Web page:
Heartworm Disease in Colorado

Is it important to provide heartworm disease protection for your dog in Colorado?  Yes!

The American Heartworm Society (an organization founded in 1974 to promote understanding of heartworm disease for both the public and veterinary professionals) collects data every three years on the incidence of heartworm positive dogs in the U.S.  These are reported cases from veterinary clinics.  There are many more dogs out there who do not receive veterinary care and die from heartworm disease without a diagnosis.   Heartworm positive dogs serve as a reservoir for the parasite, as do the many coyotes and foxes that are prevalent in the areas surrounding our homes.  Here is the latest incidence map from the American Heartworm Society:

You can see that heartworm transmission occurs in Colorado.  In 2010,  Colorado veterinary clinics reported diagnosing 1-5 heartworm positive dogs per clinic for the year.

Heartworm transmission occurs when a mosquito takes a blood meal from an infected mammal (e.g. dog, coyote, or fox), picking up immature heartworms (microfilariae).  The microfilariae develop through a life stage in the mosquito’s body over 10-14 days.  When it takes another blood meal, the mosquito injects a small amount of anti-coagulant to facilitate ingestion of  blood and at the same time will inject an infective stage of the immature heartworm.  This juvenile stage enters the subcutaneous tissues, then the vasculature and ultimately the heart as well as the arteries of the lungs.  The life cycle of the parasite takes about 7-9 months.  Be aware that cats are susceptible to heartworm infection too, but tend to mount a drastic immune system response to the young heartworms with the lungs being the battlefield and with gagging, vomiting, and respiratory symptoms as the primary findings.  Dogs are more of a natural or friendlier host and do not mount much of an immune response, allowing the immature heartworms to fully develop to their adult size.  Eventual symptoms in dogs are those of heart failure: coughing, fatigue, decreased appetite, and weight loss.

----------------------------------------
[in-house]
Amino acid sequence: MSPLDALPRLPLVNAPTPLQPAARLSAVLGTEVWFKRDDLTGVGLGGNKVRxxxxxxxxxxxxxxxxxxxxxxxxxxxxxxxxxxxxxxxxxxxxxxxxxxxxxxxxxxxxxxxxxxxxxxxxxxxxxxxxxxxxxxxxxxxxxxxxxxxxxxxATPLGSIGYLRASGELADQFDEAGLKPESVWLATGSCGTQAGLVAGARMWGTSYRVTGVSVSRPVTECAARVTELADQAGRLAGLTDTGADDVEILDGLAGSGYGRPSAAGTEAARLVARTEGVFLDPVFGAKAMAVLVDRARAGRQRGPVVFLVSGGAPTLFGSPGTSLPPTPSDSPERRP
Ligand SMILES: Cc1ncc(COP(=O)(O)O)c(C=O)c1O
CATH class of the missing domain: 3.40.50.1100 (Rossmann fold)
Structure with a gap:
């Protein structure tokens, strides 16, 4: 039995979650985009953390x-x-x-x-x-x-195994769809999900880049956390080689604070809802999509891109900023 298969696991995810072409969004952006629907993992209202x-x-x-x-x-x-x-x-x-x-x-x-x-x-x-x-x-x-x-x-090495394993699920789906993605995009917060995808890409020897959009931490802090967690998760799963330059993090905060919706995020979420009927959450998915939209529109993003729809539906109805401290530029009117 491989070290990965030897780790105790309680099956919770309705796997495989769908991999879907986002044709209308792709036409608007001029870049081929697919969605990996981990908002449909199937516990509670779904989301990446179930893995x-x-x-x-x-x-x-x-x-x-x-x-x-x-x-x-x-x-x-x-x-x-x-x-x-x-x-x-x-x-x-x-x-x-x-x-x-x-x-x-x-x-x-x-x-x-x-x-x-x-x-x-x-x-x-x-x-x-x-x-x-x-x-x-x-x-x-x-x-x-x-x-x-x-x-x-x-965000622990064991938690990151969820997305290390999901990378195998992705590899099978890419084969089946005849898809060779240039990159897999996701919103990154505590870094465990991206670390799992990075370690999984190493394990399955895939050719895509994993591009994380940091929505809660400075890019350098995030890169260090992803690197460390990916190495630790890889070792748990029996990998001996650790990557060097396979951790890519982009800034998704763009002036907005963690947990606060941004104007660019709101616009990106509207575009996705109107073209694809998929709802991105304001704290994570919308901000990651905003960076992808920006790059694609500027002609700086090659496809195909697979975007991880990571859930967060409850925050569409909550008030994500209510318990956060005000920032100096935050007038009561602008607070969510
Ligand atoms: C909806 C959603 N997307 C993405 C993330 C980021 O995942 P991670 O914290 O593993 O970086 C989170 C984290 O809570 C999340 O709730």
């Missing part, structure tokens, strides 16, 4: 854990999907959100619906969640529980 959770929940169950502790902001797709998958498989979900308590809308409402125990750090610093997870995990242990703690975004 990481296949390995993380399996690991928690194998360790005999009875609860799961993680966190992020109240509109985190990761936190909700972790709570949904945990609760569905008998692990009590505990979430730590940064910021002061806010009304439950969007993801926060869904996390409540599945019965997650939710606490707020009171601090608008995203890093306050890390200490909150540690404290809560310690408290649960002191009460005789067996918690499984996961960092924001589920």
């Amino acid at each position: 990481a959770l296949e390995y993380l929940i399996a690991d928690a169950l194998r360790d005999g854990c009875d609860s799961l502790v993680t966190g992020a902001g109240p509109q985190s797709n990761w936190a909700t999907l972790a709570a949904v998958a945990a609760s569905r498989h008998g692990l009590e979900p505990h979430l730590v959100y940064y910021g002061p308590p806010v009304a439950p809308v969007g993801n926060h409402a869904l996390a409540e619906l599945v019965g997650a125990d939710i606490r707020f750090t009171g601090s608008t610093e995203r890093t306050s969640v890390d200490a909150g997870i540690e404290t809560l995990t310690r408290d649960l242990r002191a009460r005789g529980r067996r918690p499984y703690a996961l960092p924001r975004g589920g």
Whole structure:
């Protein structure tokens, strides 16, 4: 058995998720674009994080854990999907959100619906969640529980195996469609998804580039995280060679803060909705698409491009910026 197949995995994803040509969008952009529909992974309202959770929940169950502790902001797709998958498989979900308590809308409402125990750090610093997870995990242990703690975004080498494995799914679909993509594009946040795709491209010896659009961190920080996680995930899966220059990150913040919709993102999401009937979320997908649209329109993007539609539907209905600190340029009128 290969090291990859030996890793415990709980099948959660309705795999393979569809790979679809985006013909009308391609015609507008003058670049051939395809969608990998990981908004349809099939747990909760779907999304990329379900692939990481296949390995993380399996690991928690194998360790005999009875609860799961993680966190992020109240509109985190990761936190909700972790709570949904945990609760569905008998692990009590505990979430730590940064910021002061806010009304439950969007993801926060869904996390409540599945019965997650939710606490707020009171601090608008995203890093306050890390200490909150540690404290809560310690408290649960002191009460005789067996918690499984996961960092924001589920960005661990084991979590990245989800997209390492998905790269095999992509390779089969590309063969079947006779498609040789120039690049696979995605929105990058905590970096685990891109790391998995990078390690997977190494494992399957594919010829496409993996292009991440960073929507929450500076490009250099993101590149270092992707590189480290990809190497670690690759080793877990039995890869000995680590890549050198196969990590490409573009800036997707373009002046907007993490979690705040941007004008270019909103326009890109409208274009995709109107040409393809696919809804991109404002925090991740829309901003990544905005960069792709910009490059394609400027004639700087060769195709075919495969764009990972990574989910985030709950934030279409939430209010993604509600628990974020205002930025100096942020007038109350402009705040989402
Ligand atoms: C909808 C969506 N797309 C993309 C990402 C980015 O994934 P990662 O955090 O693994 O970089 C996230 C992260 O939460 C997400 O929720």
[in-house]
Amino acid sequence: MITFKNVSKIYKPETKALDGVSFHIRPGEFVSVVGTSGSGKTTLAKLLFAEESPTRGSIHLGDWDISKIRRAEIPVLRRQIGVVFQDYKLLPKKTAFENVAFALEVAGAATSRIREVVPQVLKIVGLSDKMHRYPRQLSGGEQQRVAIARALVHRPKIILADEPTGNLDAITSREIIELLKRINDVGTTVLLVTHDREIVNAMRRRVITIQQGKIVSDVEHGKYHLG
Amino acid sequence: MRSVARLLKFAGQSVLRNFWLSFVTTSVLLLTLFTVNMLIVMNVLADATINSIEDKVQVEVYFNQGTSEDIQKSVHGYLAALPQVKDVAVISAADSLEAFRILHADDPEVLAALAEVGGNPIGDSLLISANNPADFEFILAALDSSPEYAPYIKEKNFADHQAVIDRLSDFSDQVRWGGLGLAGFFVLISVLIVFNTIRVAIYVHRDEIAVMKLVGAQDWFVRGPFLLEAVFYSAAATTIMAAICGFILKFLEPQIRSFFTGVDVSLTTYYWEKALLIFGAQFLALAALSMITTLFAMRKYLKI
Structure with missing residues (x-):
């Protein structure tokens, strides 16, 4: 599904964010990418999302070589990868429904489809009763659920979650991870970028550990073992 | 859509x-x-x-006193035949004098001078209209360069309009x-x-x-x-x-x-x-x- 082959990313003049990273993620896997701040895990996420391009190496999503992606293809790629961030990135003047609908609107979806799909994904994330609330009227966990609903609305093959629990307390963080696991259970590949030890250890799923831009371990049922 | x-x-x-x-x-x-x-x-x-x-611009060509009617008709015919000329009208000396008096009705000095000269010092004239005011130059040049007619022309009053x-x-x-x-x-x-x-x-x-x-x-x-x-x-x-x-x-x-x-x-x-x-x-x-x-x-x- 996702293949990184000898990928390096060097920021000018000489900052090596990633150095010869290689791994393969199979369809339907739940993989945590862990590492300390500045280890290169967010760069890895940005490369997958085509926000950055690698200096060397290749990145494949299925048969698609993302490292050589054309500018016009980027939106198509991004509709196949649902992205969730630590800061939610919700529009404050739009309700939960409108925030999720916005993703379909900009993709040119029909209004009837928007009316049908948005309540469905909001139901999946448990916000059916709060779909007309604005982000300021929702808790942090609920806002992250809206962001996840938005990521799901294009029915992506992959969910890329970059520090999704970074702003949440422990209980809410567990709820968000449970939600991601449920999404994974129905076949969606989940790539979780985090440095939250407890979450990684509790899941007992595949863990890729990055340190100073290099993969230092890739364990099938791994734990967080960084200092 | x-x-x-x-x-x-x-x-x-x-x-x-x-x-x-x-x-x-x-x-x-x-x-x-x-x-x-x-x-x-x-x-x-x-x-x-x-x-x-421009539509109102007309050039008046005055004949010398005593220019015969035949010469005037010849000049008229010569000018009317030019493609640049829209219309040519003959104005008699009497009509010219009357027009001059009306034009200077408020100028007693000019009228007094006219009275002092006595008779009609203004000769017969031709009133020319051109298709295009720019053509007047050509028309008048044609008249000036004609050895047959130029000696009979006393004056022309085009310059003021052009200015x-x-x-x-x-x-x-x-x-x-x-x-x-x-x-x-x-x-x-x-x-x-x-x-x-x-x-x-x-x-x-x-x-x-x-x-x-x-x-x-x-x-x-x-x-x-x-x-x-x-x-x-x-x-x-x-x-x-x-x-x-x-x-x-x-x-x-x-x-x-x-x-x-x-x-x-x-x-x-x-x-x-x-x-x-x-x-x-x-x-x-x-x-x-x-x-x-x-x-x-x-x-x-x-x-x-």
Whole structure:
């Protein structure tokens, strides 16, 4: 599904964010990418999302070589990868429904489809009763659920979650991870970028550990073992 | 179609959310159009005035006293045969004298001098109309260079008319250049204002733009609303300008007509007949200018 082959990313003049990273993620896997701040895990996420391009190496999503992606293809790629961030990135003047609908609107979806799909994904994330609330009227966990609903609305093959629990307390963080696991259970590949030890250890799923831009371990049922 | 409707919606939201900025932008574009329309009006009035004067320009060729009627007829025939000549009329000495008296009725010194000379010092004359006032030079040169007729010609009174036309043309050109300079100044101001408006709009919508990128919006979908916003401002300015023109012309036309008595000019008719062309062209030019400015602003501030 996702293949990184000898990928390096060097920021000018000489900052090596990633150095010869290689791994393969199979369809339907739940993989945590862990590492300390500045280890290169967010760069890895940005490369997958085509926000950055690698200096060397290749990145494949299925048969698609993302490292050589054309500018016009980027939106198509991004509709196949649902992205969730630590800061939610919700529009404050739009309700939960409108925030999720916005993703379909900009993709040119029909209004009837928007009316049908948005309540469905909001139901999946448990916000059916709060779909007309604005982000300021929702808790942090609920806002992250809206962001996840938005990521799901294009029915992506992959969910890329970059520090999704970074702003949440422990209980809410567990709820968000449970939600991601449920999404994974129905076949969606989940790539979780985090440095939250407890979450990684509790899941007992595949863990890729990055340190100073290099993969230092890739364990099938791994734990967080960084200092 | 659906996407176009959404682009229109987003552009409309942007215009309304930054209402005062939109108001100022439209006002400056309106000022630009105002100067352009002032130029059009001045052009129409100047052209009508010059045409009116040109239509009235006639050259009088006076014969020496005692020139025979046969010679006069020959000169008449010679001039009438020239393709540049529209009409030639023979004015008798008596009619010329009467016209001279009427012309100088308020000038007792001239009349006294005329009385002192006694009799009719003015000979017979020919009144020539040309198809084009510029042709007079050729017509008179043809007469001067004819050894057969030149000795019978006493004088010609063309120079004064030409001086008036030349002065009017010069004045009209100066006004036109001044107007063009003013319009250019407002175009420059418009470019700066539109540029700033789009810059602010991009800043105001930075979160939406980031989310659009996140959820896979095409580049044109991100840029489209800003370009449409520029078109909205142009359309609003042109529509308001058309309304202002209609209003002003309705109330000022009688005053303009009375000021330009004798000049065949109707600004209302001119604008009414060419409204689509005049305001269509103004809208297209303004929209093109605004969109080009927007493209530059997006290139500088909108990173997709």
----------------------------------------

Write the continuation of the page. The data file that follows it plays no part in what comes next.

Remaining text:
A dog or cat of any age, size, or breed is susceptible to heartworms because they are susceptible to mosquito bites.  It takes just one bite from an infected mosquito.

Heartworm treatment is a prolonged course that is hard on dogs and their owners, involving expensive hospitalized treatments and strict confinement.  Not all dogs will survive heartworm treatment.

Heartworm prevention is simple: a once monthly flavored chewable tablet or chunk.  Some heartworm preventives are also formulated to protect against common intestinal parasites such as roundworms, hookworms and whipworms.  A quick blood test for heartworms is needed before placing your dog on heartworm preventive.

The beginning of March before the weather warms up is a great time to talk to your veterinarian about doing your part to protect your four-legged friend and at the same time help control heartworm disease in Colorado.

References:

American Heartworm Society

American Animal Hospital Association

                                                                     

www.denver-mobile-vet.com

About Dr. Lowery

Over 20 years experience in large and small animal medicine after graduating from the Ohio State University College of Veterinary Medicine in 1992. Owner of ComforVet, LLC, a mobile veterinary house call service for cats and dogs in south metro Denver.
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